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Tolkien and Technology (Public Radio Commentary)

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(For radio stations: Bill's public radio work can be licensed via PRX).

J.R.R. Tolkien's Lord of the Rings enchants because it let's us escape into another world called "Middle Earth." Yet, odd as this fantasy world is, it carries an important message for our world.

Tolkien placed at the center of his saga the question of how technology fits into our lives.

The story appears to be about the Quest to destroy a ring with incredible powers, but hidden not below the surface is a clear message about technology.

Throughout the Lord of the Rings Tolkien often characterizes evil as technology. For example, one of the major villains, a Wizard called Saruman, lives in a place Tolkien calls "Isengard." Tolkien, who was an Oxford Professor of Anglo-Saxon, knew Isengard meant "iron yard", what we might call an industrial park. Inside that iron yard the evil Wizard Saruman spends his days building mills, chopping down forest, and blowing things up. He creates a system of tunnels and dams, and vents for poisonous gases and fires. Tolkien writes that "wheels and engines and explosions always delight" Saurman and his followers. The idea of machines appears again when he describes the evil Saruman as having "a mind of metal and wheels."

In contrast to this evil were the Hobbits. A simple, small people who have an agrarian economy. Tolkien once wrote to a friend "I am in fact a Hobbit (in all but size). I like gardens, trees and unmechanized farmlands; I smoke a pipe, and [I] like good plain food (unrefrigerated) ....

Tolkien lived a life as opposed as possible to technology. During his lifetime he rejected trains, television and refrigerated food. He did own a car, but sold it at the beginning of World War II. By that time Tolkien perceived the damage cars and their new roads were doing to the landscape. He came to think of the internal combustion engine as the greatest evil ever put upon this Earth.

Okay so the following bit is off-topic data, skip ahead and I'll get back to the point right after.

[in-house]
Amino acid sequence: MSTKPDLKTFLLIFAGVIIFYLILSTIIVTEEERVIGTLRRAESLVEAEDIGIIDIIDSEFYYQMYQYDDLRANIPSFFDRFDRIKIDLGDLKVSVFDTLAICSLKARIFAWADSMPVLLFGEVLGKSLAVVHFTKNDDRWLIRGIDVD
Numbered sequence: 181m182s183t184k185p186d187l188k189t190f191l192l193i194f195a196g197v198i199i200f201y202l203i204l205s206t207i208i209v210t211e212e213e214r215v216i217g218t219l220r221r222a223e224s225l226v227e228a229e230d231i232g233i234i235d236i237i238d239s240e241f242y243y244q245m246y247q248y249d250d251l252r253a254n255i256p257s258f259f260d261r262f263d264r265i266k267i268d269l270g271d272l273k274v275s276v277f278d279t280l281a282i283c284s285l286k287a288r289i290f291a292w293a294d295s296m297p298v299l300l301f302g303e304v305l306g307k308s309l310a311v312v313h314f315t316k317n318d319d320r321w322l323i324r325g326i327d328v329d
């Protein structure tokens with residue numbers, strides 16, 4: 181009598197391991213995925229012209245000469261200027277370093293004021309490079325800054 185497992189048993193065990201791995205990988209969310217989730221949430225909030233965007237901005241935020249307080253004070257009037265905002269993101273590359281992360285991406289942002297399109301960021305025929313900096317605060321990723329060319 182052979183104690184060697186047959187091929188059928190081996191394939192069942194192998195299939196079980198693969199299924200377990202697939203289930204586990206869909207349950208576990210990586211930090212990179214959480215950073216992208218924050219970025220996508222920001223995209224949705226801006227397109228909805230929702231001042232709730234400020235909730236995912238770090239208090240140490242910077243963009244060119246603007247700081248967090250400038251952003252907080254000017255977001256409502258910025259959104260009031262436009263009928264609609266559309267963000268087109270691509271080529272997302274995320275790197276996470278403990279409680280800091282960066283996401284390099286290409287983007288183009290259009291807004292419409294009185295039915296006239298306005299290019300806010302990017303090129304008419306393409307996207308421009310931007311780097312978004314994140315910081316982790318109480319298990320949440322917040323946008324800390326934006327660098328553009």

His experiences with war colored his view of technological change. He served in the trenches during World War I and experienced technology as fighter planes, tanks, bombings, and flame-throwers. "By 1918," he once said, "all but one of my close friends were dead."

Small wonder he disliked the immense power behind technology. In many ways the great theme of the Lord of the Rings is that no one should have dominion over the world. The Lord of the Rings is an anti-quest, with its goal to destroy universal power forever. Herein lies Tolkien's message to us, what make his Lord of the Rings still ring true today. He refused to let the material world draw the boundaries of life, and though his small Hobbits he asserted the individual's right and responsibility to shape the decisions and structures that determine their life.

Copyright 2003 William S. Hammack Enterprises